Organic Solar Cells Based on a Solution Phase Near-IR Absorbing Soluble Phthalocyanines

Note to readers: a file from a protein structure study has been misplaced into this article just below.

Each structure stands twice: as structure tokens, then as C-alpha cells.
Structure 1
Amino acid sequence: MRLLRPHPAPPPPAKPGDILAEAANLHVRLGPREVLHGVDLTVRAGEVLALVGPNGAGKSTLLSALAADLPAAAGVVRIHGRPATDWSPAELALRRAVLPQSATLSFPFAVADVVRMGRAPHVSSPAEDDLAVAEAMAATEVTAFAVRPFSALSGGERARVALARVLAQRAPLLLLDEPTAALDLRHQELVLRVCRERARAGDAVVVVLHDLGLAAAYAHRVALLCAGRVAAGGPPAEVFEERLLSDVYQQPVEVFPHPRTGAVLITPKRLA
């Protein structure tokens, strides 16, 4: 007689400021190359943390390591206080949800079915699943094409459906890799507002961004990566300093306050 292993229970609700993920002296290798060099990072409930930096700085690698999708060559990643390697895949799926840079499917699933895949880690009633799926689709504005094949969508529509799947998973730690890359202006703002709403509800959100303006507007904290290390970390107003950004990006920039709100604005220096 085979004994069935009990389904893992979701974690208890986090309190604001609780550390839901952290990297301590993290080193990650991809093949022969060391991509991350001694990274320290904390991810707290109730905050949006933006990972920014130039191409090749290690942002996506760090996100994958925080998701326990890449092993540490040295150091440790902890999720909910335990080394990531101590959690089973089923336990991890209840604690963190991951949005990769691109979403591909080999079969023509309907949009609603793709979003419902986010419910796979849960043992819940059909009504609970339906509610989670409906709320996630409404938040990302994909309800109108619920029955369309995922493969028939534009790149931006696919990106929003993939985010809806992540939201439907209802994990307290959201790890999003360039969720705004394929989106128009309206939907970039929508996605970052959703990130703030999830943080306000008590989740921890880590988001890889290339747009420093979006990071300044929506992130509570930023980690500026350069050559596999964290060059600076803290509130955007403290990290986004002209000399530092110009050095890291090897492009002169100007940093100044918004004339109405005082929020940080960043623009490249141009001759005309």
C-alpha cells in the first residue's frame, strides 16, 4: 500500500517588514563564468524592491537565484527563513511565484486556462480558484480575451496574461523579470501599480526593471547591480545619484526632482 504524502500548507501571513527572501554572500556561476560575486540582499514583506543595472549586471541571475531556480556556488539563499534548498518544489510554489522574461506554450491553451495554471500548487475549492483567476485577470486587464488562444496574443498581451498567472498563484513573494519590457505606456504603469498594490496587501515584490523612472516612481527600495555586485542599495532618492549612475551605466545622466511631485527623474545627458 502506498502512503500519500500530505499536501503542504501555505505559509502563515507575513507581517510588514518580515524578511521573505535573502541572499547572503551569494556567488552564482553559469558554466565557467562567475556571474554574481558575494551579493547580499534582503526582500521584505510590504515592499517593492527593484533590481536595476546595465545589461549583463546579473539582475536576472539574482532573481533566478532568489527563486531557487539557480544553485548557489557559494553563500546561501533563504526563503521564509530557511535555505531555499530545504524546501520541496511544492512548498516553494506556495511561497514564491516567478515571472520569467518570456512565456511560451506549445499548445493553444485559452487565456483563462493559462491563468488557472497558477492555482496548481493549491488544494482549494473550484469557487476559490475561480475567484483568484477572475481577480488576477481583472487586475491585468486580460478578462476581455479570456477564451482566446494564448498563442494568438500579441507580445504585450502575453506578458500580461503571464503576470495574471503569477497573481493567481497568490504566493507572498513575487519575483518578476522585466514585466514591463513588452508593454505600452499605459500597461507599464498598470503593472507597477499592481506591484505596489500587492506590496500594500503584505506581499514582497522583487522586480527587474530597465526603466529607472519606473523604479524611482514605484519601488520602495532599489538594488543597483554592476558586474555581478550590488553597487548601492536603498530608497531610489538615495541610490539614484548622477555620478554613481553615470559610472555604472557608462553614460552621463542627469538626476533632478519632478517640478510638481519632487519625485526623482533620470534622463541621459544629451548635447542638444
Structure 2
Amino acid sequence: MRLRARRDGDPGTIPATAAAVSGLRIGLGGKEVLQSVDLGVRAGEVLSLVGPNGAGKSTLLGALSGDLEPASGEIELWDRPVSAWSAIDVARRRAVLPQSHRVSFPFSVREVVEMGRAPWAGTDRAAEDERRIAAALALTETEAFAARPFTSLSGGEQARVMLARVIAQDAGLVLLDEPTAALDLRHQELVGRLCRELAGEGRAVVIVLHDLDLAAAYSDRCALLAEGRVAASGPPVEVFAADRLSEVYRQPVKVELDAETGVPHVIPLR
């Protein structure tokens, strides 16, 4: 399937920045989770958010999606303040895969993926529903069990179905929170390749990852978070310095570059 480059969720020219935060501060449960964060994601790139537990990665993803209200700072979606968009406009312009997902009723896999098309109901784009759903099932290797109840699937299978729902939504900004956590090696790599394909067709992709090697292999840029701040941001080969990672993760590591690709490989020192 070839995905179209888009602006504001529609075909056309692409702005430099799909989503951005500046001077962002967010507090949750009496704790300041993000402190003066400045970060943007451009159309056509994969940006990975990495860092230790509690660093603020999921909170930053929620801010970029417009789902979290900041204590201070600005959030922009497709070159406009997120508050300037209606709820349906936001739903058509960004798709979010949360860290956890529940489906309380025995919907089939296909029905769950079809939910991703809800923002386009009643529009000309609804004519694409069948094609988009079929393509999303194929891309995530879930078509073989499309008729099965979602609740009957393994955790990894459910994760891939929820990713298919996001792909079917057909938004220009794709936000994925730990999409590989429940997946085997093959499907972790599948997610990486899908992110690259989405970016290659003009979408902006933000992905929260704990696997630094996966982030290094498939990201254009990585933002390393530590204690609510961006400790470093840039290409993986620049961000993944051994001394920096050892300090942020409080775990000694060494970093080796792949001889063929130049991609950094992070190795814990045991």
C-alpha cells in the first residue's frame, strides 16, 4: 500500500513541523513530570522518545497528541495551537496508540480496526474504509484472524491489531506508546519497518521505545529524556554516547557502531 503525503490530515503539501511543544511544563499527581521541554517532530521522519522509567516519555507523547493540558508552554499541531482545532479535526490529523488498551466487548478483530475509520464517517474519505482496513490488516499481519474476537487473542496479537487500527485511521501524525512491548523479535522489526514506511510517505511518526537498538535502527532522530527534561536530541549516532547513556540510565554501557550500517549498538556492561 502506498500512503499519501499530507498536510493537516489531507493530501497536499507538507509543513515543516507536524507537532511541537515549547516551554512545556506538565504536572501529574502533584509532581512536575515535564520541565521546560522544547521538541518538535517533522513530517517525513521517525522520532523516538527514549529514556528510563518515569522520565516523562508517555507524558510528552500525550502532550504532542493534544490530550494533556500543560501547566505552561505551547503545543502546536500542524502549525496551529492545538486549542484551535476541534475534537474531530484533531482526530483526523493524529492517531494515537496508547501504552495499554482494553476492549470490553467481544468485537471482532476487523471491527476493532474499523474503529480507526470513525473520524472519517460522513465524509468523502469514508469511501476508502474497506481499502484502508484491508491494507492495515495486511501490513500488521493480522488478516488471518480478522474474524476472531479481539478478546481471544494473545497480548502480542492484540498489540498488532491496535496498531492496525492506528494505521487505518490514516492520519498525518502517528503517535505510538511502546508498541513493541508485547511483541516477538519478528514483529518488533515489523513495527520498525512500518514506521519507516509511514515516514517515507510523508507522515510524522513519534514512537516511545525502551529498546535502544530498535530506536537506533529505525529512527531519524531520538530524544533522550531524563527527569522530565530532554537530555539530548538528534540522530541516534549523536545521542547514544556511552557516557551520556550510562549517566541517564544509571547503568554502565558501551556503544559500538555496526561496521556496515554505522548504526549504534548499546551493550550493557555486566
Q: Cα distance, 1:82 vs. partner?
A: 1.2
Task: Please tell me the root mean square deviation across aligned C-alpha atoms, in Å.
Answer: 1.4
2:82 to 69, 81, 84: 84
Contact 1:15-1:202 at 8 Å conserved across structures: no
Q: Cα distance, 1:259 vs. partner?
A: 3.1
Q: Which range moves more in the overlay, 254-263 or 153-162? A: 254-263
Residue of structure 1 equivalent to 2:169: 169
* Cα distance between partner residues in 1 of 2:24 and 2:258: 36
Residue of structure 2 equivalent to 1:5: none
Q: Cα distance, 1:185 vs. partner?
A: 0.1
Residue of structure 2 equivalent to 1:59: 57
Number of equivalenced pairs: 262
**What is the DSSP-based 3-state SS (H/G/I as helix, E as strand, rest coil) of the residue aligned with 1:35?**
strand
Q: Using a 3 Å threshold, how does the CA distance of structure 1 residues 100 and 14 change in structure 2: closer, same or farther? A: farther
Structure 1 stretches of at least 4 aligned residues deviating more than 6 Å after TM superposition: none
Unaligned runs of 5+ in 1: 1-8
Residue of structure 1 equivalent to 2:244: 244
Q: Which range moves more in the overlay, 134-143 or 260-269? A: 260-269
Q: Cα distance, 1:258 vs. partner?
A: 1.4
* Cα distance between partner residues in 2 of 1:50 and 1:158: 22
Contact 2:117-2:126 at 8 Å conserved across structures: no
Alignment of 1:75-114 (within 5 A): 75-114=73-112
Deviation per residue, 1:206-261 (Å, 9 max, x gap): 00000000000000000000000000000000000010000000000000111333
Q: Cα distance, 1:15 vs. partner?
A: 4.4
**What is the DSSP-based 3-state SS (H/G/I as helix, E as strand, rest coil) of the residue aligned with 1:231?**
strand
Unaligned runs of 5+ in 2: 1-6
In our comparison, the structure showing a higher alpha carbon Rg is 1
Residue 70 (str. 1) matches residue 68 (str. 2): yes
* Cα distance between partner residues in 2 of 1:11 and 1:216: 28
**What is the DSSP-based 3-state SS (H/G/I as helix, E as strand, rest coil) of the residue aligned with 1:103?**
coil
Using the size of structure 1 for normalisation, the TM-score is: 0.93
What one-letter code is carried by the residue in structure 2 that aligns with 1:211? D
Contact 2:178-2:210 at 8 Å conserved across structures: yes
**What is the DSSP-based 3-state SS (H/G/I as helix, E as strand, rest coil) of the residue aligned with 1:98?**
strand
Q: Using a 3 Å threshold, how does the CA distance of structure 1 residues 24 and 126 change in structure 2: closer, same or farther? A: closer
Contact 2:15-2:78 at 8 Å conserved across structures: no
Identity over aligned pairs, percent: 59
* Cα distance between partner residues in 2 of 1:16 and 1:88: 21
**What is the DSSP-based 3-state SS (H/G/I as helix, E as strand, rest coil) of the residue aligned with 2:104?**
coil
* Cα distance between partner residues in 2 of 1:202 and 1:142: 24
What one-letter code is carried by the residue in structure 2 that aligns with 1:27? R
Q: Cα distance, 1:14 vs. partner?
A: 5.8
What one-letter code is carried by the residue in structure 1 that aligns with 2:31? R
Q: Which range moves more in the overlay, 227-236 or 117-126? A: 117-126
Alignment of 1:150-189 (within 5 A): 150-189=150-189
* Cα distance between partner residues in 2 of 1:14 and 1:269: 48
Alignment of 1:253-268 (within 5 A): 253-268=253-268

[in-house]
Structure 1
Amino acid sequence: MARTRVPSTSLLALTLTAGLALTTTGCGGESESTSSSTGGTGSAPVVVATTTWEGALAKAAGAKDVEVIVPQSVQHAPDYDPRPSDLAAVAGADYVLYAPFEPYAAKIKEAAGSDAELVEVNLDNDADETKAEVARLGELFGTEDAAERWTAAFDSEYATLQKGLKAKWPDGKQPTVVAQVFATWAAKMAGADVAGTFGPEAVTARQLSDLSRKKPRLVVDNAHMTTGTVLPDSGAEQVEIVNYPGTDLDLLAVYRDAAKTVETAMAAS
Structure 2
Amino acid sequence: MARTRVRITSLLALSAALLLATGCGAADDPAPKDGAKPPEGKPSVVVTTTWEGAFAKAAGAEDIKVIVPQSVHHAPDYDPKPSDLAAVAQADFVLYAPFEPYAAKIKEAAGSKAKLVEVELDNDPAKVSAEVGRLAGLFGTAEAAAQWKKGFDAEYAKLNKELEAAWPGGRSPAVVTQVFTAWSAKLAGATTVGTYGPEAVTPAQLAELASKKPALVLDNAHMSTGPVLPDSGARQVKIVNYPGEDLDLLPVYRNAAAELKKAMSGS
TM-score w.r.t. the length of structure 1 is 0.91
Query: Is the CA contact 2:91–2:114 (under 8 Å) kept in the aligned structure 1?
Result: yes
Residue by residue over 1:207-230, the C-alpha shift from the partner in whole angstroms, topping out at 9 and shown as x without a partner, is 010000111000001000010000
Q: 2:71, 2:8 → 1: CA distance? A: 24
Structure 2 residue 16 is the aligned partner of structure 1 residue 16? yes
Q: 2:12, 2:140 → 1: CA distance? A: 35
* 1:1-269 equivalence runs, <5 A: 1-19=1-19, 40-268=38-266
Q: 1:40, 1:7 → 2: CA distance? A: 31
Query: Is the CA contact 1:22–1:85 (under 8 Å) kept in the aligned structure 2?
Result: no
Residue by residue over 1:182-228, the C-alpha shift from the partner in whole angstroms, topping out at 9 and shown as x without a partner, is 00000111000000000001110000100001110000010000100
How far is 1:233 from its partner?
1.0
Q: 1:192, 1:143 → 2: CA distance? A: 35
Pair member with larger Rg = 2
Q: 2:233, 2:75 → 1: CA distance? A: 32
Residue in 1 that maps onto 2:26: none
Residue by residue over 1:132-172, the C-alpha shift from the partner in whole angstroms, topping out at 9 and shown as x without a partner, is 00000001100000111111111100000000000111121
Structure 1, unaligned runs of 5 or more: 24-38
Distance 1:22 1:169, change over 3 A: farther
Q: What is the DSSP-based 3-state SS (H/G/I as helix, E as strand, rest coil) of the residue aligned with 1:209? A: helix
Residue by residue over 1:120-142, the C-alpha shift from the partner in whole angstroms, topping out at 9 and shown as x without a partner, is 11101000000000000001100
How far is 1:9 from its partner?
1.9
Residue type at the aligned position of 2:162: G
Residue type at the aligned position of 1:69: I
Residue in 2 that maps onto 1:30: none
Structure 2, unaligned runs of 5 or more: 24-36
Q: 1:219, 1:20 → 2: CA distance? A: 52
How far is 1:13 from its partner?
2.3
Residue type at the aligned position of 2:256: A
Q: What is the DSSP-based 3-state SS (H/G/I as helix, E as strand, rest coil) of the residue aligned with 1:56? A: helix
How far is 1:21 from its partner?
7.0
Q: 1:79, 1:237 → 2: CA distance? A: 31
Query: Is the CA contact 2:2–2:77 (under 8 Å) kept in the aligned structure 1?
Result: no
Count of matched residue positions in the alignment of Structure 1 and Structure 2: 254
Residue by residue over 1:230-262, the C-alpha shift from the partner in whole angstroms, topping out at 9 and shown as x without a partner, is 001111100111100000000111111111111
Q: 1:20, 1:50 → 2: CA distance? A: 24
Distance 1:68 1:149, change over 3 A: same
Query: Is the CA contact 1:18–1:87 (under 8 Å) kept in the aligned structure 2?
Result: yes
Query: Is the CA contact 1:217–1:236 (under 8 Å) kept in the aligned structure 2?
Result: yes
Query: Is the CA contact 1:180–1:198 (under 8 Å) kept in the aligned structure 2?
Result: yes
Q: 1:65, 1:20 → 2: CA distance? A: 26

Introduction: The solar cells in the current invention convert sunlight in the near-IR region of the solar spectrum to electricity and they are constructed from soluble small molecule rather than polymer donor materials. The efficiency of organic solar cells is limited by the number of photons absorbed within the active layer thickness which is confined to the visible region for most chromophores while 50% of the AM1.5G solar irradiance is incident in the near-IR region. If thin-film absorptivities can be extended to the near-IR with no significant loss in the Voc a significant improvement in power conversion efficiencies (h) can be anticipated. Solution-processed small-molecules as donors have been a subject of several recent investigations due to their facile synthesis purification tunability and inherent monodispersity. Unlike vacuum deposition which is still the predominant mode of film-deposition solution-processable chromophores can deposit thin-films over large areas using techniques such as reel-to-reel wet coating ink-jet printing and spin-coating. Invention: The invention is a solution-processed planar heterojunction (PHJ) organic photovoltaic (OPV) device based on a soluble titanyl phthalocyanine (TiOPc) derivative as the donor with photo activity extended up to 1 micron in the near-IR region of the solar spectrum without significantly affecting the open-circuit photopotential (Voc). TiOPc is a metallated phthalocyanine bearing a Ti=O bond orthogonal to the molecular plane. The presence of the dipole in the axial direction leads to a face-to-face arrangement of the molecules which maximizes the p-orbital overlap. Depending on the degree of p -orbital overlap in the condensed phase TiOPc can exist in polymorphs such as Phase-I (or b-phase) and Phase-II (a-phase) that are active in the near-IR. A direct consequence of such an arrangement is high photoconductivity third order non-linear susceptibility and near-IR absorptivity that makes this material and invention a promising candidate for advanced technologies such as OPV and optical limiting devices. Status: The best devices constructed so far from organic materials are those based on poly(3-hexylthiophene)/phenyl-C61-butyric acid methyl ester (P3HT/PCBM) systems which are transparent in the near-IR region. More recently low band gap polymers in combination with PC70BM have exceeded 8% power conversion efficiencies which still do not have appreciable absorbance above 750-800 nm.

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